To get the answers, let us now dig into the details behind the AF’s aircraft age chart. Using publicly available numbers (pdf file) , here’s what the average age of Air Force aircraft looks like broken down by type:

Anyone familiar with the Air Force would see no surprises as to which aircraft types are oldest. However the average age by type doesn’t reflect the impact of each type on the fleet average, because each type has a different impact based on the percentage of the fleet the type represents. More airplanes = more impact. This could be a positive impact by many young systems or a negative impact from many old systems. ‘Racking and Stacking’ by relative weights (average age of type times the percentage of fleet the type represents) we can demonstrate which aircraft types have the most impact (for better or worse) on the ‘fleet average’ number as shown here:

By just looking at the plot above, you will observe that by an overwhelming margin, a relative few aircraft types have the most impact on the total fleet average age. Looking at the top ten “age drivers” we see that they represent over five and a half times the impact the remaining 31 aircraft types combined have on the overall fleet average age.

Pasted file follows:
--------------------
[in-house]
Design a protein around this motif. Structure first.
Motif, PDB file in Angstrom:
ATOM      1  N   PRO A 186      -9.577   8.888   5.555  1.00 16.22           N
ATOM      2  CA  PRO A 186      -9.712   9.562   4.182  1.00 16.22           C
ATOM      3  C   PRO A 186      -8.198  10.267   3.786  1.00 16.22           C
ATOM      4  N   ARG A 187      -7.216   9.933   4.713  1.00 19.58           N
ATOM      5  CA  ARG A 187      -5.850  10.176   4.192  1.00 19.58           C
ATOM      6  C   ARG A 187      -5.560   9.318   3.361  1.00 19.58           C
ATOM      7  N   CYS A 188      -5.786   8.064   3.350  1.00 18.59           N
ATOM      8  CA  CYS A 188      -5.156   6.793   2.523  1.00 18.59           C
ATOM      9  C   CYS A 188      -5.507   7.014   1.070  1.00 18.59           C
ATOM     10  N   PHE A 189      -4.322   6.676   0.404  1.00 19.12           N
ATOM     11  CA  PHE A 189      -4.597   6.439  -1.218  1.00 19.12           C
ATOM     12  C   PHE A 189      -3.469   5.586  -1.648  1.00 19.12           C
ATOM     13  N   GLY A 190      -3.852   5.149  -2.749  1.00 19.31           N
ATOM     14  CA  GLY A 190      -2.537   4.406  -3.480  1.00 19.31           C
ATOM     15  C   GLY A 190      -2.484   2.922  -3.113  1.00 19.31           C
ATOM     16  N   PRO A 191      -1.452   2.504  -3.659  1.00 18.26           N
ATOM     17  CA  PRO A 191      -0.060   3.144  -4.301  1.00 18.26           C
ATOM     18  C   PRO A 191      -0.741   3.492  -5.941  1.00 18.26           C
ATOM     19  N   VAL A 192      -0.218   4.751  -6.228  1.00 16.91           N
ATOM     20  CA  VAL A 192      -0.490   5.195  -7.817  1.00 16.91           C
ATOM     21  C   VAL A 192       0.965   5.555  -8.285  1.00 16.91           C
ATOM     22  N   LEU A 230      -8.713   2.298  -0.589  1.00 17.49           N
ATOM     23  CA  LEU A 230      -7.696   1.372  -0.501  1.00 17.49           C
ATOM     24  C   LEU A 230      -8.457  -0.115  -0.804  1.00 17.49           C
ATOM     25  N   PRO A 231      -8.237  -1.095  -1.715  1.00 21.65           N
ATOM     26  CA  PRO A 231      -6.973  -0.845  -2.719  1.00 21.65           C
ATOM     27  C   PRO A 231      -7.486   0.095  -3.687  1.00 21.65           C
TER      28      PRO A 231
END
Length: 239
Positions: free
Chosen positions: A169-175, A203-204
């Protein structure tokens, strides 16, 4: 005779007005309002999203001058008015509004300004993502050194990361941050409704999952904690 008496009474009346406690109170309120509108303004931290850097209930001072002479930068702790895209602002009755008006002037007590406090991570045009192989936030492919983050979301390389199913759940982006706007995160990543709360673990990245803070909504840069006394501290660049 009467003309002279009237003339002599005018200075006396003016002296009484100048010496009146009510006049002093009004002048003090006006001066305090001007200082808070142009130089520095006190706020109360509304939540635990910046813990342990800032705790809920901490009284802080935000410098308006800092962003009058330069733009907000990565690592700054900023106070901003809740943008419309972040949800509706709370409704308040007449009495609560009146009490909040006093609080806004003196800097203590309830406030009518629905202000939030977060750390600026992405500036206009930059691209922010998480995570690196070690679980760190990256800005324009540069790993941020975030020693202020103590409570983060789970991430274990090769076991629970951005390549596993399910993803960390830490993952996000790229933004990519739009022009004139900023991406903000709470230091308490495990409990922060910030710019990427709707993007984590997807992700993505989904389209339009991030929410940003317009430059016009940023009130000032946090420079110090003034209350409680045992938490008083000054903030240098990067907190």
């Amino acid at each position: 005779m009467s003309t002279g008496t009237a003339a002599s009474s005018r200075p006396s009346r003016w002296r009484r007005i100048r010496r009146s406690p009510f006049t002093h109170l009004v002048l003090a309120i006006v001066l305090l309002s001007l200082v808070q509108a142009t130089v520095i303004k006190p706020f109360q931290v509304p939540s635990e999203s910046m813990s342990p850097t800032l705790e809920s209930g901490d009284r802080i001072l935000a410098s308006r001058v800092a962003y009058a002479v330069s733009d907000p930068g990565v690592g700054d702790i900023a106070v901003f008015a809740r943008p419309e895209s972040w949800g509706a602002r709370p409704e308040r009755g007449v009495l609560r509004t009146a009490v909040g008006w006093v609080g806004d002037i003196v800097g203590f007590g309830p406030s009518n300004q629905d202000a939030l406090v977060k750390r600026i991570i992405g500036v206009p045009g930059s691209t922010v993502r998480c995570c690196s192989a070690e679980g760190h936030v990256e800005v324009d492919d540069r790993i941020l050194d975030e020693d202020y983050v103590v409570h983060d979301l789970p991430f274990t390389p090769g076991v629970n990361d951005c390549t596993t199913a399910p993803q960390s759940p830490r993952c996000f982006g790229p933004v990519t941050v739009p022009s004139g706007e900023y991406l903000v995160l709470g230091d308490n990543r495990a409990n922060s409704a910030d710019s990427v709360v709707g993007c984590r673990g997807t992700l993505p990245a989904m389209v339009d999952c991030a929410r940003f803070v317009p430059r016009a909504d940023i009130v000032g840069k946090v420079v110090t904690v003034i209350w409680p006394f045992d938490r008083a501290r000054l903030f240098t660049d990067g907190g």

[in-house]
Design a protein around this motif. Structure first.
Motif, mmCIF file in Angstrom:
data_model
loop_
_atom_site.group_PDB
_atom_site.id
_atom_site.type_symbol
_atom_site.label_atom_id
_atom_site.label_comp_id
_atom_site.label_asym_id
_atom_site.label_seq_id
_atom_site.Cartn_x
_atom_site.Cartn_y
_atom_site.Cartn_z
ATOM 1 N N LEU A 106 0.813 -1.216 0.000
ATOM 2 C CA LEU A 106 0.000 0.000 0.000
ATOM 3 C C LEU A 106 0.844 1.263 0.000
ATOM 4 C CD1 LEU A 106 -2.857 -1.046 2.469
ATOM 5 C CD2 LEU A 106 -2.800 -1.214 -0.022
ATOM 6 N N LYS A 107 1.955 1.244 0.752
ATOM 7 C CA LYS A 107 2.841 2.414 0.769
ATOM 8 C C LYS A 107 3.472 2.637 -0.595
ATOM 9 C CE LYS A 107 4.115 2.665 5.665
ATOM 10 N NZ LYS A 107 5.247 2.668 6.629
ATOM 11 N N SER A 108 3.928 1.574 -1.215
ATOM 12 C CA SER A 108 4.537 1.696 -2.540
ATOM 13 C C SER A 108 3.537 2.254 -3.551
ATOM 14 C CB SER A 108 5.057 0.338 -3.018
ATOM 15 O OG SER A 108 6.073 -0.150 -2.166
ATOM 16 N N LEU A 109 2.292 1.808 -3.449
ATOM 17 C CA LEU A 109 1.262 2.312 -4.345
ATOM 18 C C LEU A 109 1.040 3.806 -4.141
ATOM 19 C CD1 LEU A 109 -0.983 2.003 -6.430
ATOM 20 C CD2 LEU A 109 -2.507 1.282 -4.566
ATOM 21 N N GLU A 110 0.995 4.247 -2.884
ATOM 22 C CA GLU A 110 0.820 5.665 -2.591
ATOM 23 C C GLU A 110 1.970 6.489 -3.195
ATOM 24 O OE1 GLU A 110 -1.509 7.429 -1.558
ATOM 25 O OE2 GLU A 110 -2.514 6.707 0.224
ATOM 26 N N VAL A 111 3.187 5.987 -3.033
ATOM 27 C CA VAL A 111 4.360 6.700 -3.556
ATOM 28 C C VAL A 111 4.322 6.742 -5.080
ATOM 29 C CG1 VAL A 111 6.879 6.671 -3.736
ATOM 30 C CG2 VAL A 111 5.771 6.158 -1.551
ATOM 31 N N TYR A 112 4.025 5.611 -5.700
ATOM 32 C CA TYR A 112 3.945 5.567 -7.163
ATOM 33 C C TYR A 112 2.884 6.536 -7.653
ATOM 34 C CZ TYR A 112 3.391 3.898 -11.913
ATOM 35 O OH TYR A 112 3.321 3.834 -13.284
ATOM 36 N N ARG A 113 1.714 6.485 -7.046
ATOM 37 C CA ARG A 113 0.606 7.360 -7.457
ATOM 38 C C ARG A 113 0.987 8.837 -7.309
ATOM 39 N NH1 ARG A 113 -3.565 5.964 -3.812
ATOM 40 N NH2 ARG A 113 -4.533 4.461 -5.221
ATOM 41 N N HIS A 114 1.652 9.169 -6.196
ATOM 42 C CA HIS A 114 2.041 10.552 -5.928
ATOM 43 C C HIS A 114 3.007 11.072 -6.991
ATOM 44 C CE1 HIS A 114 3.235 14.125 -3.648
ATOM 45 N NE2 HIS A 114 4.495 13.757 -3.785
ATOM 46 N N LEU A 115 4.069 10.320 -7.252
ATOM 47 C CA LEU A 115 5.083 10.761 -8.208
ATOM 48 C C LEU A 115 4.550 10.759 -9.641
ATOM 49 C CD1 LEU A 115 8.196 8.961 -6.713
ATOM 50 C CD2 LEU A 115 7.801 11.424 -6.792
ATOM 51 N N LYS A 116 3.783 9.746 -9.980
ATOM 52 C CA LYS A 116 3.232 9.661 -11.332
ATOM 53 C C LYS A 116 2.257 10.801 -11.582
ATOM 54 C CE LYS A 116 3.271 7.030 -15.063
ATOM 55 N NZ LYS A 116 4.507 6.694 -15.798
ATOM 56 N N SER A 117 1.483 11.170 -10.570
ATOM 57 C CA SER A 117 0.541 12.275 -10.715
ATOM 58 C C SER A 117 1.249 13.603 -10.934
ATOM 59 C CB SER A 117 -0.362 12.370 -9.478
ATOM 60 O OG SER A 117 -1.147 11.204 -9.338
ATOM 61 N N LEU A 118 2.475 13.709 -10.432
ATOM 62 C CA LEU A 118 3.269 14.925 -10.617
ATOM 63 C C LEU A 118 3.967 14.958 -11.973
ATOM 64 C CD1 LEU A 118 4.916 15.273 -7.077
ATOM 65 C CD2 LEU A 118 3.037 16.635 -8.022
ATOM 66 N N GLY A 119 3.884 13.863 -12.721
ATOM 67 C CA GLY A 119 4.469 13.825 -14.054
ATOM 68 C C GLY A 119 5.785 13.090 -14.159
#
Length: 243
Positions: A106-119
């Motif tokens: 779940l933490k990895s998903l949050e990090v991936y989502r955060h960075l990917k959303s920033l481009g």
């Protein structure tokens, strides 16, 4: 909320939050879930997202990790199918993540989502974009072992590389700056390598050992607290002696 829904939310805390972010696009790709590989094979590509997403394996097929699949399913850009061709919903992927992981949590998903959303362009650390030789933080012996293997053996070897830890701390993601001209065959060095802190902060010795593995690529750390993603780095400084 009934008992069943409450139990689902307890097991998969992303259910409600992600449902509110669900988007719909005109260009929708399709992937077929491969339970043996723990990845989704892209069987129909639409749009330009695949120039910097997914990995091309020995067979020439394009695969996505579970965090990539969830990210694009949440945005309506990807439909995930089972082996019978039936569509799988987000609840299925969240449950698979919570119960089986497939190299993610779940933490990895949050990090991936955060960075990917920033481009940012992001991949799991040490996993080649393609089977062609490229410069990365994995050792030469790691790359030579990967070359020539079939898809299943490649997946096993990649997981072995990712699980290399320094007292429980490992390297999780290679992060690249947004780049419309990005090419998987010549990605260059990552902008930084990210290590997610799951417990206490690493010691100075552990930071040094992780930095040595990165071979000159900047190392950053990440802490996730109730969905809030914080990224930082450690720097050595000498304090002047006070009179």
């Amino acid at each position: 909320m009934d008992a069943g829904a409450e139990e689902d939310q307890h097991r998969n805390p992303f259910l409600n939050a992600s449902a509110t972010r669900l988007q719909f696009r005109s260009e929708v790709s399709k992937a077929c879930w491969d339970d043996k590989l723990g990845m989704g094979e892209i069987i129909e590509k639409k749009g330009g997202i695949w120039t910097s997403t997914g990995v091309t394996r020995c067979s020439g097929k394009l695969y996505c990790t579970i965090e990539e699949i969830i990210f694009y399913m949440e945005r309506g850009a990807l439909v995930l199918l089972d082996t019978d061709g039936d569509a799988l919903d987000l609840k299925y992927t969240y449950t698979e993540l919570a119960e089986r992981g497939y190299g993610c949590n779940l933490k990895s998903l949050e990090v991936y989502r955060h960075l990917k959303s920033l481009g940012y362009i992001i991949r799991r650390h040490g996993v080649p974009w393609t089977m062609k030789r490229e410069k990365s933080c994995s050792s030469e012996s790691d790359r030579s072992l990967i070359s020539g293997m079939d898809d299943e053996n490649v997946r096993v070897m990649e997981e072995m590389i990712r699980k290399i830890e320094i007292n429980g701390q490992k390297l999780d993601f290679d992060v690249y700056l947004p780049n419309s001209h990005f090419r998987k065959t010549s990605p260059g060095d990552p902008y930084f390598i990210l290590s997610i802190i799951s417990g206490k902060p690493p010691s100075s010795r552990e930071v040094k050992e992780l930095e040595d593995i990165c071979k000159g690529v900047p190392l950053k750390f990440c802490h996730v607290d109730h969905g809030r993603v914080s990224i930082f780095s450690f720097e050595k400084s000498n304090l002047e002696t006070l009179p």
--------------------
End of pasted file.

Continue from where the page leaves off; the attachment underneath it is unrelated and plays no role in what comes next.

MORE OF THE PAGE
The Top Ten ‘Impacters’ are mostly what I would have expected. The only surprise to me is the T-1 ‘Jayhawk’. Since that type isn’t very ‘old’ the AF must have bought more of them than I recalled. Clearly though, the ratio of ‘old’ to ‘new’ can be claimed to be 9 to 1. Note: The F-15 and F-16 fleets may be approaching ‘middle-age’ compared to the B-52, but with a ‘yank and bank’ history and a requirement to survive in the most hostile environments, fighters can be considered to age ‘faster’. Also, the secret to the long life of the B-52, (aside from the powers of nostalgia) has been its adaptation to roles that remove it from the highest threat operating environments; an option not available to fighters.
This list is a good stepping stone to introduce a few more detailed observations:

1. The T-1 fleet is relatively young and represents the 8th most numerous type. These aircraft drive the age curve to skew to the left, but are more than counterbalanced by all the old planes whose age skews the ‘average’ (such a meaningless term by itself) to the right.

2. A conscious decision to keep aging T-38 (Talon) and T-37 (Tweet) trainers has been made several times. The AF finds it cost-effective to perform ‘SLEP’(service life extension program) upgrades to them and fiddle with their flight envelopes to squeeze more life out of them than replace them. ‘Age’ as far as the Air Force is concerned is 'taken care of' with these aircraft